WASHINGTON, D.C. (Feb. 5, 2019) – U.S. Senators Tom Udall (D-N.M.) and Martin Heinrich (D-N.M.) are urging Environmental Protection Agency (EPA) Acting Administrator Andrew Wheeler to develop federal drinking water standards for perfluorooctanoic acid (PFOA) and perfluorooctanesulfonic acid (PFOS) as part of the agency’s national management plan for this class of chemicals. In a bipartisan letter to Wheeler, the Senators also request that the EPA provide briefings on the agency’s efforts on this issue, as well as regular updates on the progress of those efforts. The Senators’ letter comes in response to a report that the agency does not plan to establish enforceable drinking water standards for the chemicals, which have been linked to a variety of adverse health implications.
In New Mexico, the Air Force has confirmed that firefighting foam containing PFAS chemicals used around Cannon Air Force Base and Holloman Air Force Base has contaminated nearby groundwater. Several agricultural wells nearby Cannon have been contaminated, causing major disruptions for the local dairy industry, and the extent of impacts near Holloman is still being determined. Udall and Heinrich are pressing the Environmental Protection Agency and the Air Force to coordinate closely with the state of New Mexico to ensure New Mexico’s water supplies are safe and protected, to safeguard public health, and to fully compensate all affected New Mexicans.
The Senators wrote, “As you are aware, PFAS chemicals have emerged as a widespread contaminant in drinking water sources in several communities across the nation. While the risks associated with PFAS exposure are still being uncovered, studies have linked these unregulated emerging contaminants to a number of adverse health effects. On May 19, 2016, the EPA established lifetime health advisory levels for PFOA and PFOS. These health advisories, however, are non-enforceable and deprive states of much-needed federal guidance on how to determine and implement effective drinking water standards for PFOA and PFOS chemicals.”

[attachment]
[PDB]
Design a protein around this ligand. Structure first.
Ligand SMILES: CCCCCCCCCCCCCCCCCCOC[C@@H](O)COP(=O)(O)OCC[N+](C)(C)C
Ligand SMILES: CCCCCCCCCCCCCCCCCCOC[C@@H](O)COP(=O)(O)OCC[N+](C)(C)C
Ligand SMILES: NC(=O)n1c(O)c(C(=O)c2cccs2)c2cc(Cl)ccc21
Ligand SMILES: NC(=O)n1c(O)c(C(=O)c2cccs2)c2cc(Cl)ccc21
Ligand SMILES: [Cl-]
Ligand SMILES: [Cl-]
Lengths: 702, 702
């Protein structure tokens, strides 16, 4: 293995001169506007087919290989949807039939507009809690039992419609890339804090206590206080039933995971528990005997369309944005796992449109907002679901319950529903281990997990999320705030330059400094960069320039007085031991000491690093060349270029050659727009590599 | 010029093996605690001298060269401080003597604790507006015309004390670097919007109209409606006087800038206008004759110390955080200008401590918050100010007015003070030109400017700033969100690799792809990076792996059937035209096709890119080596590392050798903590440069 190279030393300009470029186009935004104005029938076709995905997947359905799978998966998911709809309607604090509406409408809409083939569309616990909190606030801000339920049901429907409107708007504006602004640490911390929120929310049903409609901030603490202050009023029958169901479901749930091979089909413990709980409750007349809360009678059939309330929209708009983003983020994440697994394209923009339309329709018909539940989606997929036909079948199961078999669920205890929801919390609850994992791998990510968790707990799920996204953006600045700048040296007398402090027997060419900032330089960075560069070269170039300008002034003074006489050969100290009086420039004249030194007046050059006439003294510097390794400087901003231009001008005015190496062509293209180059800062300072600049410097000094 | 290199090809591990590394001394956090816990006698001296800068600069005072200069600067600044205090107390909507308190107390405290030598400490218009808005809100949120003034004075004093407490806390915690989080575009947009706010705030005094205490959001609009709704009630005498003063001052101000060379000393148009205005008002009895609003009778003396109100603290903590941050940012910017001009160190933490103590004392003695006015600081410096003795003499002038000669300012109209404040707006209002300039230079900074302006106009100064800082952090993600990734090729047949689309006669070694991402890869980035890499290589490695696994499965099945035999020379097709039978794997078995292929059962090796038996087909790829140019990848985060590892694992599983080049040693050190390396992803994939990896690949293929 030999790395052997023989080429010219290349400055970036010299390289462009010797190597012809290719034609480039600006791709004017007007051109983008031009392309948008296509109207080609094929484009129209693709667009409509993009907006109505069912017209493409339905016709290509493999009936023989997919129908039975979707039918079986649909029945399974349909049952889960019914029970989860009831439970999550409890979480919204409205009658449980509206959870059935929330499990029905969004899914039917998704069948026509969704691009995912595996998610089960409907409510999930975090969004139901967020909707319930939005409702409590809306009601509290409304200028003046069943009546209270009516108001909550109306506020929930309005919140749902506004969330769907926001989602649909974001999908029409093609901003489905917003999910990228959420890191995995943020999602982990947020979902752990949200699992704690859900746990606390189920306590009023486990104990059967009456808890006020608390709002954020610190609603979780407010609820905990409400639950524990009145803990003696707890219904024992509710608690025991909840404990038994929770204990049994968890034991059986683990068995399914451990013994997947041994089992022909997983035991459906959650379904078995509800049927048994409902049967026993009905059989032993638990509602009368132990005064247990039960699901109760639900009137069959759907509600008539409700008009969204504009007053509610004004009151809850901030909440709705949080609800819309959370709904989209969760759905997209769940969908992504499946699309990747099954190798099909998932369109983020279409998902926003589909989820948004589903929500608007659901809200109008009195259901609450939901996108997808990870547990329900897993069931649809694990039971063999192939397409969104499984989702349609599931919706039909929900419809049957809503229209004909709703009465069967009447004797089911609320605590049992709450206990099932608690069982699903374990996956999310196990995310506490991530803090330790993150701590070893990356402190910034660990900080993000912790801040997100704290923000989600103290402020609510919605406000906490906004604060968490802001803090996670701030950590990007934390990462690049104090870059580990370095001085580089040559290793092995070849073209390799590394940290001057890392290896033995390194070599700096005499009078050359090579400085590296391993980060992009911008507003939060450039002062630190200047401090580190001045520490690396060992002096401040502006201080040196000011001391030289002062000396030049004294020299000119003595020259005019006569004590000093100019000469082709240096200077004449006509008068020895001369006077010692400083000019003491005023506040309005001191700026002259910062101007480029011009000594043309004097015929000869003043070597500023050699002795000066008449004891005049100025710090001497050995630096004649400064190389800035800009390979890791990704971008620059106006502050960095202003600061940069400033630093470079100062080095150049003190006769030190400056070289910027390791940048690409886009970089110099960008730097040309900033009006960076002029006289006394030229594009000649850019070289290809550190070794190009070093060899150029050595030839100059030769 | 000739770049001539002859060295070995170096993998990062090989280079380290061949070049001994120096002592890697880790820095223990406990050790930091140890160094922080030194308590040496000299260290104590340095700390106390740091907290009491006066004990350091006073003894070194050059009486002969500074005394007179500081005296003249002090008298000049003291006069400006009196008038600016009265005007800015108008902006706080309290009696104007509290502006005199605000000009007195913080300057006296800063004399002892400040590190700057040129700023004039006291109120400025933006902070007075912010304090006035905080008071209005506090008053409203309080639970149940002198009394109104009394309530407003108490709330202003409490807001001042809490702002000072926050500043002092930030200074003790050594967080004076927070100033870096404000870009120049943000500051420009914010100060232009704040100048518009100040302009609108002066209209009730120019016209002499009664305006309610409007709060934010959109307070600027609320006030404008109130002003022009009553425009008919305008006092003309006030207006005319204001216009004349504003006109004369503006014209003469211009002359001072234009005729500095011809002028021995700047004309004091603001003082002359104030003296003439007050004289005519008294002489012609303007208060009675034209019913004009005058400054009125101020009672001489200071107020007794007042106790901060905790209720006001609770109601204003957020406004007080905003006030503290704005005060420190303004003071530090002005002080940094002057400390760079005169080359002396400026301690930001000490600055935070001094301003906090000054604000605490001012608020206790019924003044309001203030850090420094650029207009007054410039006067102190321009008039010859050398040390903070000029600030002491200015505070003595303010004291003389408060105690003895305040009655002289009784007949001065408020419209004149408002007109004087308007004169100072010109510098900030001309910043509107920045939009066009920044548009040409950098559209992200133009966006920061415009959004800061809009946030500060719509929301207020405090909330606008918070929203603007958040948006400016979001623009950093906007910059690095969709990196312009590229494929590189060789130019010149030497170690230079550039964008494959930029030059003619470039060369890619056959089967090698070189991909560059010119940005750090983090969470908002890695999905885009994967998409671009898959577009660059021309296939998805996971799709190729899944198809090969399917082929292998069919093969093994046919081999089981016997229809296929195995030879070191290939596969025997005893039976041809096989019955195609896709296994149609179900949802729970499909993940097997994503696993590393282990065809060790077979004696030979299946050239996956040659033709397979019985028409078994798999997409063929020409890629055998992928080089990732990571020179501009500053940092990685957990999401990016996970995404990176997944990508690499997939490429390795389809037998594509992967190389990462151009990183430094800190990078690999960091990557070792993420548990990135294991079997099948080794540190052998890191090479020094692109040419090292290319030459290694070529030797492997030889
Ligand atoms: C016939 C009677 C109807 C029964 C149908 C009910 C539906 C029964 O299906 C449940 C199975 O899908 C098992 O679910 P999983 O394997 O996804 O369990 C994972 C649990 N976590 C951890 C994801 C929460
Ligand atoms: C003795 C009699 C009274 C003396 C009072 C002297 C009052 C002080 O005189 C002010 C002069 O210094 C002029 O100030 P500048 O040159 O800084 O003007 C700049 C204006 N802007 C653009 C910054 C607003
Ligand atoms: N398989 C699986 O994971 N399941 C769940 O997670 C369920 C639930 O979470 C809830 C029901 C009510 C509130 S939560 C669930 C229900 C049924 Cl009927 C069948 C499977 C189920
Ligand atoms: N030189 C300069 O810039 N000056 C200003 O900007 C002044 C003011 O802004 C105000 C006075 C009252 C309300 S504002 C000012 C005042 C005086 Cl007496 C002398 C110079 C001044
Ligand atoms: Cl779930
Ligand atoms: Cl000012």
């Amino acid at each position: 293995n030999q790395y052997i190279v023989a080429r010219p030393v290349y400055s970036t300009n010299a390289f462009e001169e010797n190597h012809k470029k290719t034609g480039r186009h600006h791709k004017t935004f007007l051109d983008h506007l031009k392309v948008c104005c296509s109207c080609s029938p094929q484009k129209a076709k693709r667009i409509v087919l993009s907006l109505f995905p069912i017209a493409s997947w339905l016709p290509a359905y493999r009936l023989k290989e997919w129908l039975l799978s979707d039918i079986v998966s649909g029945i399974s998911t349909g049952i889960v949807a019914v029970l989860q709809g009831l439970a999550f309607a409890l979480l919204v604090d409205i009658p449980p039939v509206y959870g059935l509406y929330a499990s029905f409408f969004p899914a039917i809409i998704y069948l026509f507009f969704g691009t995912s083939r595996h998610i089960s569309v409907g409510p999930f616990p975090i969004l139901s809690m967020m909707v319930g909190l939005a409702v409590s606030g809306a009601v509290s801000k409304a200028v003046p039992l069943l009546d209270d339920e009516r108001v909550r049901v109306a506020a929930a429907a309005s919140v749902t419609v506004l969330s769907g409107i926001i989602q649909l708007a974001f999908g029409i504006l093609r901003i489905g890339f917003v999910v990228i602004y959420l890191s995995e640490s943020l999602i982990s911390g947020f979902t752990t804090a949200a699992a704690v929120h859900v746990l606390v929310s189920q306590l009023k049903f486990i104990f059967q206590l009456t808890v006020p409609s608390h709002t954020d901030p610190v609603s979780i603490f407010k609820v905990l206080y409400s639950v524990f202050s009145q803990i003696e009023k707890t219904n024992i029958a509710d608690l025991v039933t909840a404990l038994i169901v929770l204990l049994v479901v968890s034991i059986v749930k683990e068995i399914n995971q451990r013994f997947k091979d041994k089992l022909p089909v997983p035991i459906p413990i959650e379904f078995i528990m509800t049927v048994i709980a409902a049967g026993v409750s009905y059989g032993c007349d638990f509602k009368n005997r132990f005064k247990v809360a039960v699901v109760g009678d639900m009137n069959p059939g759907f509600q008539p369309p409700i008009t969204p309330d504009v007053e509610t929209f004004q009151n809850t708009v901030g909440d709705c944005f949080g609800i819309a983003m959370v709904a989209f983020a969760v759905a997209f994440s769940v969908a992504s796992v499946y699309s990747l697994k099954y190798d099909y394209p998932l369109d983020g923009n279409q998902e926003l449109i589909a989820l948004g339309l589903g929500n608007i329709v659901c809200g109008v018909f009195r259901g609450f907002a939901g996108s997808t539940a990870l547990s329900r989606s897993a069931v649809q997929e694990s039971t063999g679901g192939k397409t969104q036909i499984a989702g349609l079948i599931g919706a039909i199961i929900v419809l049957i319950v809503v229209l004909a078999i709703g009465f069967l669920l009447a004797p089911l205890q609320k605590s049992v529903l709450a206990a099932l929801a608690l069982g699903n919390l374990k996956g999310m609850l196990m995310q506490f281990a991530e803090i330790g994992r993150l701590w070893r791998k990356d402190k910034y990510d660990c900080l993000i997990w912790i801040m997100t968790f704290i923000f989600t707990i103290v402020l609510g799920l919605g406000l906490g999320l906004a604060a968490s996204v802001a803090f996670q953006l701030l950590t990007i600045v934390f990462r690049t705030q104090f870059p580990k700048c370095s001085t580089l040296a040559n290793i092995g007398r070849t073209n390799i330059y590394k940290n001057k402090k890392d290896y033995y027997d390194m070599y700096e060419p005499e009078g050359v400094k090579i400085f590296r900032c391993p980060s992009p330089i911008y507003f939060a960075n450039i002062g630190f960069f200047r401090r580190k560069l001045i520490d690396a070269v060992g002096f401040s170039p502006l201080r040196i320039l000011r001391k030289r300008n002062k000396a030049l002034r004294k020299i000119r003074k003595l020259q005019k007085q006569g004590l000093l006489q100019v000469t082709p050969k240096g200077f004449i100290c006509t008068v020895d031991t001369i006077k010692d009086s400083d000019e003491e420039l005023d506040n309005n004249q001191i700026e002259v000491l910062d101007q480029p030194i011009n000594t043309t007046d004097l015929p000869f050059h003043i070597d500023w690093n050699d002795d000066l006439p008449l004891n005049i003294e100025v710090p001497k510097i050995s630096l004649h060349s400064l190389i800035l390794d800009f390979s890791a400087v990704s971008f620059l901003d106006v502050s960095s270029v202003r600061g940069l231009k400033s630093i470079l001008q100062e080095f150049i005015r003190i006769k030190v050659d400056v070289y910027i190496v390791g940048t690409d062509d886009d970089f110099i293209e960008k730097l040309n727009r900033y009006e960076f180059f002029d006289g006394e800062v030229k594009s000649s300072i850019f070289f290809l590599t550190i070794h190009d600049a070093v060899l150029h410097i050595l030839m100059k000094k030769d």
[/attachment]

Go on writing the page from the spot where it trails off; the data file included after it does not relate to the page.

The letter goes on to explain that in the absence of federal standards, states have been forced to establish their own drinking water regulations for PFAS. The lack of coordination among states has led to a patchwork of conflicting drinking water standards and guidelines across nine states, which have varying maximum contaminant levels and have raised concerns in impacted communities that are questioning whether their regulations are sufficient.
In their letter, the Senators continued, “Without enforceable drinking water standards for PFOA and PFOS, it is doubtful that a national management strategy will sufficiently confront the challenges PFAS chemicals pose to states and affected communities. This decision would also fail to consider ongoing interagency efforts to determine the human health implications of contamination from PFAS, including the nationwide study being conducted by the Agency for Toxic Substances and Disease Registry (ATSDR).”
In closing, the Senators called on the EPA to commit to developing federal drinking water standards for PFOA and PFOS, to provide briefings to the Senators’ offices on the agency’s efforts on this issue and to deliver regular updates on the agency’s progress.
A copy of the letter is available here.